Technology is helping shape the future of health care. In recognition of National Health IT Week, September 26 – 30, QIO News is sharing five top technology trends in improving the quality of health for older adults.
1. Telehealth and E-Visits
Telehealth is part of the movement to supplement appointments at hospitals and clinics with virtual check-ups and patient monitoring in the home. One of the most commonly practiced telehealth services is “e-visits,” or consultations with a primary care provider via phone or video streaming service. This allows patients to get face time and ask health questions remotely, which is particularly helpful for seniors who lack transportation options, live in rural or remote areas, or have disabilities or chronic health issues.
According to the New England Journal of Medicine, “e-visits” can save time for both patients and providers, and lower costs. Telehealth will be a key part of a new CMS project that aims to increase access to care for Medicare beneficiaries in rural areas. For more information on telehealth, read this guide available via HealthIT.gov.
2. EHRs and Patient Portals
According to a recent American Hospital Association Trend Watch report, 92 percent of hospitals offer patients the ability to view their medical records online through the use of electronic health records (EHRs). In addition, access to health records through Blue Button and other patient portals is proving especially helpful for elderly people who spend a significant amount of time on regular medical-related tasks like scheduling appointments, refilling prescriptions and coordinating care plans.
Kentucky’s Meaningful Use Workgroup—a committee of local health care organizations in partnership with atom Alliance, the QIN-QIO serving Alabama, Indiana, Kentucky, Mississippi and Tennessee — began using patient portals to promote preventive care, increase patient and family engagement, and improve care transitions. By offering and spreading awareness of this tool, beneficiaries are able to electronically schedule appointments, view lab results, receive medication and screening reminders, and exchange emails with their doctors.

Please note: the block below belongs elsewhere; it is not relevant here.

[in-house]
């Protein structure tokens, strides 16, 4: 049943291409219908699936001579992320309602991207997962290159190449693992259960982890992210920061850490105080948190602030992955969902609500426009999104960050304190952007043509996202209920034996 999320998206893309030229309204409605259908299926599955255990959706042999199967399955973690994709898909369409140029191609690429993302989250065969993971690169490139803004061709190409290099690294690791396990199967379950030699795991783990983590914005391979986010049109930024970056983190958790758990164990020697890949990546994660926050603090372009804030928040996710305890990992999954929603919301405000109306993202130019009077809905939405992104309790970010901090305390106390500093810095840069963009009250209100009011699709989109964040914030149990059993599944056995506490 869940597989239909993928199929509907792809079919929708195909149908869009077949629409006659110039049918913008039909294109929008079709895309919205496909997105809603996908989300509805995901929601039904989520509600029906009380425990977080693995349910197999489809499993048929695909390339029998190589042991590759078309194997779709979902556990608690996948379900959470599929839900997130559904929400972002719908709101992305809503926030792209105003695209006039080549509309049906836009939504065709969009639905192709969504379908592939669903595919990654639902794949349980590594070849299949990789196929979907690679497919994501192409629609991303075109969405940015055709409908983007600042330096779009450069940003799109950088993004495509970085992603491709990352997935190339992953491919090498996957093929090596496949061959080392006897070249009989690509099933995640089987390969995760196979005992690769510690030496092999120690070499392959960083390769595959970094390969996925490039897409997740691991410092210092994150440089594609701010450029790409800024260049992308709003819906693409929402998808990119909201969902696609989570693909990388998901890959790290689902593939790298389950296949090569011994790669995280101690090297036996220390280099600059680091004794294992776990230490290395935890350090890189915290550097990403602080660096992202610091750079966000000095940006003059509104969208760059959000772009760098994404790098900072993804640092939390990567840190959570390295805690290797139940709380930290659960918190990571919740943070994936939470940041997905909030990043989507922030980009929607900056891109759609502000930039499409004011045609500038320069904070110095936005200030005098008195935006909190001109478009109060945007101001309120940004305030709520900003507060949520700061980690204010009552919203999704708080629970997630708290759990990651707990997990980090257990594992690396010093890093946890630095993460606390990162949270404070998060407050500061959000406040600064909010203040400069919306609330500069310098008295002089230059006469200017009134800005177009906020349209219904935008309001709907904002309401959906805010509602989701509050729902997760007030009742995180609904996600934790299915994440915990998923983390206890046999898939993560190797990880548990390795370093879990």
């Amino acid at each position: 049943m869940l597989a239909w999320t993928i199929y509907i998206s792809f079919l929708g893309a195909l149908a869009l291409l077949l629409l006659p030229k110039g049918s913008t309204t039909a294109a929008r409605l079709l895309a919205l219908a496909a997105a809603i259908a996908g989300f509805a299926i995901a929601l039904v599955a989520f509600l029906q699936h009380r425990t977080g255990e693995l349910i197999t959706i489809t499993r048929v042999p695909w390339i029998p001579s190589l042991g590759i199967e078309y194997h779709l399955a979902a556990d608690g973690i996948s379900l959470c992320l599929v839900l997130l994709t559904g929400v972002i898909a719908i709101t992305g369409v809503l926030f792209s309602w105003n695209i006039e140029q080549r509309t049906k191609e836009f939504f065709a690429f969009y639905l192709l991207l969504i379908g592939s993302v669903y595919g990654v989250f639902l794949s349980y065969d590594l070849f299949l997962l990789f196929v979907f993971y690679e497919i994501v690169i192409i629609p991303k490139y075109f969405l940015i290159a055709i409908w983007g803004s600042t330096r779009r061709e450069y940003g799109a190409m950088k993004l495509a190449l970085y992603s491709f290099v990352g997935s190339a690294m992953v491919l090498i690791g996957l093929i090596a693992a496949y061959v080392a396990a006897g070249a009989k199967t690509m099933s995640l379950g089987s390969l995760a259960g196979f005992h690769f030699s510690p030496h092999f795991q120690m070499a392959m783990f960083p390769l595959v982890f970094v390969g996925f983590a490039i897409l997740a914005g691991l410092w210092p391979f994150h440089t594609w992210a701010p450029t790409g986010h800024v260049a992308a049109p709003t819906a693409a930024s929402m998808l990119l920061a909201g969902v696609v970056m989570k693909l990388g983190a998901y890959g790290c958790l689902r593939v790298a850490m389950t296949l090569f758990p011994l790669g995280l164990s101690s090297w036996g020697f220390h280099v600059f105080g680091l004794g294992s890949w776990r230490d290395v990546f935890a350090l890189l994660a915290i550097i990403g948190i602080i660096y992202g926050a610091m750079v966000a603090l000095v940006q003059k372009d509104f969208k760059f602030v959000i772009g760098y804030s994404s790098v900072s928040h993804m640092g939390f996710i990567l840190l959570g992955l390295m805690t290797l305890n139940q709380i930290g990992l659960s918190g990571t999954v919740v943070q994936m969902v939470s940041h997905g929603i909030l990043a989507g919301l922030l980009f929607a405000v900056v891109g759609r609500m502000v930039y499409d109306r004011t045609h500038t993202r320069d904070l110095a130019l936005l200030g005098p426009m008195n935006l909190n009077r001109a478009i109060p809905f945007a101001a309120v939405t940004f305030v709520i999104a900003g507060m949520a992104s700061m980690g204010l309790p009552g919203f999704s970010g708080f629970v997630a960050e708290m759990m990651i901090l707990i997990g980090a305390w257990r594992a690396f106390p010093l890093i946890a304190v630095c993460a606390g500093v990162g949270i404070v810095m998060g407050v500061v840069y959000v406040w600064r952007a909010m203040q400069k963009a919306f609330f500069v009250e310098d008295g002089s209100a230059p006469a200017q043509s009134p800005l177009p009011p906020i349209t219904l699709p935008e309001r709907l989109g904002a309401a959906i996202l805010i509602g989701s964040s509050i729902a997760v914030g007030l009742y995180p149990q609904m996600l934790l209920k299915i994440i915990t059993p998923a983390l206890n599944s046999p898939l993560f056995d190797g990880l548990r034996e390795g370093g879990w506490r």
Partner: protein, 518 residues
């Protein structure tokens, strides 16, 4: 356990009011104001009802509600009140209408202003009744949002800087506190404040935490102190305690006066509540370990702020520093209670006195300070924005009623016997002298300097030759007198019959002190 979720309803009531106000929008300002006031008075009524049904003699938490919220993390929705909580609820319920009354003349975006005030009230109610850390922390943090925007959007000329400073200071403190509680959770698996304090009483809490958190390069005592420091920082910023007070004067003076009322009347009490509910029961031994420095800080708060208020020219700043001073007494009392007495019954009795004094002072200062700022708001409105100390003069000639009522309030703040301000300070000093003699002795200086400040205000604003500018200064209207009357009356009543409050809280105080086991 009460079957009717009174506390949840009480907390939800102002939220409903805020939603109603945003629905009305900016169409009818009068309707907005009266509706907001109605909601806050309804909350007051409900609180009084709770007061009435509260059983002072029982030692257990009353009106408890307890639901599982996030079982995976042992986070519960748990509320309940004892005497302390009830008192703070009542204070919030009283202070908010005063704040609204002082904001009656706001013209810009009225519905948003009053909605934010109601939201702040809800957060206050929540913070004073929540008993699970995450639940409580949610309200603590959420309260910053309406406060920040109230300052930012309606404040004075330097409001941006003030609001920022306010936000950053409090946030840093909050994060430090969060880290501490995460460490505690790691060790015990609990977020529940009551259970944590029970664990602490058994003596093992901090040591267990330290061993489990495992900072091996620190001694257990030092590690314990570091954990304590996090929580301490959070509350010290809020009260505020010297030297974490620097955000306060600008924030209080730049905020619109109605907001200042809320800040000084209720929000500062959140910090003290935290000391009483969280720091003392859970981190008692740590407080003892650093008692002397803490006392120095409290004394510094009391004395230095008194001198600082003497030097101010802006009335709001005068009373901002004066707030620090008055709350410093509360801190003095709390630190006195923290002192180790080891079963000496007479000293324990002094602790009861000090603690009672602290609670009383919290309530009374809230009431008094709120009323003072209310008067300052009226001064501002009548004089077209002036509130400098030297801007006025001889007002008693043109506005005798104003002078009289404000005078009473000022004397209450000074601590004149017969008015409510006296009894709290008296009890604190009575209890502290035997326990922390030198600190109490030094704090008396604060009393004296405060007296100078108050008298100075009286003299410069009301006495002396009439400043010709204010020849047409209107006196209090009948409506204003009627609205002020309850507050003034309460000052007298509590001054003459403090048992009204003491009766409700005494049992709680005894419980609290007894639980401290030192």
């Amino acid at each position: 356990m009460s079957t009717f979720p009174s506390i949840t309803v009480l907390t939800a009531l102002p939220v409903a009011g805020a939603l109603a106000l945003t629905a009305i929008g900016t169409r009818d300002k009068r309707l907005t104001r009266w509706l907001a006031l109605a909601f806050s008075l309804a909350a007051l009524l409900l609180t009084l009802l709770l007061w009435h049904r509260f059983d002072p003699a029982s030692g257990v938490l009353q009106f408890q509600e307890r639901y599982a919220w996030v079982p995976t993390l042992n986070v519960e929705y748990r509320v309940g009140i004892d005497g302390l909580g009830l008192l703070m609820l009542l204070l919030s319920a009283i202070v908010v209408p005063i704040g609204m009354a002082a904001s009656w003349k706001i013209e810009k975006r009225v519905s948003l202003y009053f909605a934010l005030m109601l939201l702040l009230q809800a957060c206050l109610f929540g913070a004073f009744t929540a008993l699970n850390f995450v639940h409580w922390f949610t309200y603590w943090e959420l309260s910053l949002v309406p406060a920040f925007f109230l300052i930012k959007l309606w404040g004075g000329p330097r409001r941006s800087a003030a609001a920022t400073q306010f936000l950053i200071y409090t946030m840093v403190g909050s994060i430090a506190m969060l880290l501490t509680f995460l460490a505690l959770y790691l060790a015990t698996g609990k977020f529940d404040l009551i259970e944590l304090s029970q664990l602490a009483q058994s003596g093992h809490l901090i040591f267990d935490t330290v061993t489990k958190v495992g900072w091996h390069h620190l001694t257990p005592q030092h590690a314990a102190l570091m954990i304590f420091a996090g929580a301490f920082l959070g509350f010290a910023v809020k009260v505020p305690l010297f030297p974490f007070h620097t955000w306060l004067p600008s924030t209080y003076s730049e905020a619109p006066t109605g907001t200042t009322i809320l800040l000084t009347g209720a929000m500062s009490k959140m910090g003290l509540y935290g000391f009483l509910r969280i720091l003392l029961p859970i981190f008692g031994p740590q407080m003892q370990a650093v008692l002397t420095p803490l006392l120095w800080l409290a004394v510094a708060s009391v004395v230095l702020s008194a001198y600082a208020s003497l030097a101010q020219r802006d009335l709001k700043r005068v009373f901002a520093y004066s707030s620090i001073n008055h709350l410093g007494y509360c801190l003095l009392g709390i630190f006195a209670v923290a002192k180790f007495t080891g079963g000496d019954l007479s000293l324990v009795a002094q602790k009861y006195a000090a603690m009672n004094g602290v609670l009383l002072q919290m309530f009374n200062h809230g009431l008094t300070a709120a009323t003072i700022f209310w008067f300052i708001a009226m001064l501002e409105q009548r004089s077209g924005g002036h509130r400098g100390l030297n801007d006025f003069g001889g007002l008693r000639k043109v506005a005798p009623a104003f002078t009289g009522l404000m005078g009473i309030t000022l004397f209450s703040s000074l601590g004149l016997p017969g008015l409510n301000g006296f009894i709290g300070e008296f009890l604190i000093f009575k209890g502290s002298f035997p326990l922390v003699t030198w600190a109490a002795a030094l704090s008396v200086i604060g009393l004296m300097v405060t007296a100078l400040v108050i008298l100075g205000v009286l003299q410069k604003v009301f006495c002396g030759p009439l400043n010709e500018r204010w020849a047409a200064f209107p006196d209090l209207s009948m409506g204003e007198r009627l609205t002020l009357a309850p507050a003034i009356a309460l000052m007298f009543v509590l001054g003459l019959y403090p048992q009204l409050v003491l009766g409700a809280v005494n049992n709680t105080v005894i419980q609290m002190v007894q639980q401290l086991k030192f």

3. Population Health Management
Providers are continuing to search for new ways to improve population health by tracking patients and monitoring quality to reduce unnecessary readmissions. They are finding that big data, analytics and patient engagement technologies can be extremely beneficial in each of these improvement areas.
Health Services Advisory Group (HSAG), the QIN-QIO for Arizona, California, Florida, Ohio and the U.S. Virgin Islands, has seen success in using data and prevention health IT tools to target catheter-associated urinary traction infections (CAUTI). HSAG was able to use data to locate providers who were most in need of health care-associated infection reduction programs, and then provide them with a CAUTI assessment tool to identify a specific intervention and solution.
4. Remote Patient Monitoring
Improving beneficiaries’ ability to age in place, while remaining safe and in control of their health, is another area health IT supports. Remote patient monitoring utilizes devices such as heart rate or blood pressure monitors to collect and send data from patients to providers. This is particularly effective for monitoring high-risk patients on an ongoing basis.
A new study from the University of Missouri Center for Eldercare and Rehabilitation Technology has shown the effectiveness of in-home sensors that measure walking speeds in helping identify seniors who are at risk for serious falls. In addition, bed monitors can help track heart and respiration rates while patients are sleeping. The goal of the project is to help seniors stay at home longer and capture early signs of health changes.
As pharmacists assume a larger role in clinical conversations, telepharmacy networks can serve as an avenue to keep them in the loop on all care decisions regardless of a patient’s proximity to a pharmacy. If correctly implemented and supported by providers, telepharmacies can increase access to drug information, support medication adherence and reduce adverse drug events.
Telligen, the QIN-QIO serving Iowa, Illinois and Colorado, is working to incorporate pharmacists’ perspectives into care initiatives and highlight how their input is meaningful to patient outcomes. Through the implementation of the Iowa Health Information Network, an online portal that supports the sharing of secure patient information, Telligen has helped pharmacists become part of everyday care teams